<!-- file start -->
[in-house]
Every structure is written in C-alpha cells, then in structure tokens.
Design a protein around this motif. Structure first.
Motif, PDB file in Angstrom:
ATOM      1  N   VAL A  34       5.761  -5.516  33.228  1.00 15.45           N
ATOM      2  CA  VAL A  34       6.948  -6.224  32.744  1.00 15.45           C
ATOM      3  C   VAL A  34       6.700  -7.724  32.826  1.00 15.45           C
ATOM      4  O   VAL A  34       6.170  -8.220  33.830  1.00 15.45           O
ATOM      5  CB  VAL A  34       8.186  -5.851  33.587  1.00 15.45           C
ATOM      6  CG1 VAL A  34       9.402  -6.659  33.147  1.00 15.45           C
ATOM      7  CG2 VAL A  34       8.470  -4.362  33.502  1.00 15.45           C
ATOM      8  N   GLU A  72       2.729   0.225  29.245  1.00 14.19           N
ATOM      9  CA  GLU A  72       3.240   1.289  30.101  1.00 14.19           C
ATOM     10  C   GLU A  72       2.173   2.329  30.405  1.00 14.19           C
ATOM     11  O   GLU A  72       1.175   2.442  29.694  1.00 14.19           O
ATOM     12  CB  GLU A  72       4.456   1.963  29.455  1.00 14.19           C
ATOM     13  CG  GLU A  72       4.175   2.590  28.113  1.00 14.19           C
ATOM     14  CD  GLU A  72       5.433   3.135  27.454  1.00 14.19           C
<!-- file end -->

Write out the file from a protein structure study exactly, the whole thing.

[in-house]
Every structure is written in C-alpha cells, then in structure tokens.
Design a protein around this motif. Structure first.
Motif, PDB file in Angstrom:
ATOM      1  N   VAL A  34       5.761  -5.516  33.228  1.00 15.45           N
ATOM      2  CA  VAL A  34       6.948  -6.224  32.744  1.00 15.45           C
ATOM      3  C   VAL A  34       6.700  -7.724  32.826  1.00 15.45           C
ATOM      4  O   VAL A  34       6.170  -8.220  33.830  1.00 15.45           O
ATOM      5  CB  VAL A  34       8.186  -5.851  33.587  1.00 15.45           C
ATOM      6  CG1 VAL A  34       9.402  -6.659  33.147  1.00 15.45           C
ATOM      7  CG2 VAL A  34       8.470  -4.362  33.502  1.00 15.45           C
ATOM      8  N   GLU A  72       2.729   0.225  29.245  1.00 14.19           N
ATOM      9  CA  GLU A  72       3.240   1.289  30.101  1.00 14.19           C
ATOM     10  C   GLU A  72       2.173   2.329  30.405  1.00 14.19           C
ATOM     11  O   GLU A  72       1.175   2.442  29.694  1.00 14.19           O
ATOM     12  CB  GLU A  72       4.456   1.963  29.455  1.00 14.19           C
ATOM     13  CG  GLU A  72       4.175   2.590  28.113  1.00 14.19           C
ATOM     14  CD  GLU A  72       5.433   3.135  27.454  1.00 14.19           C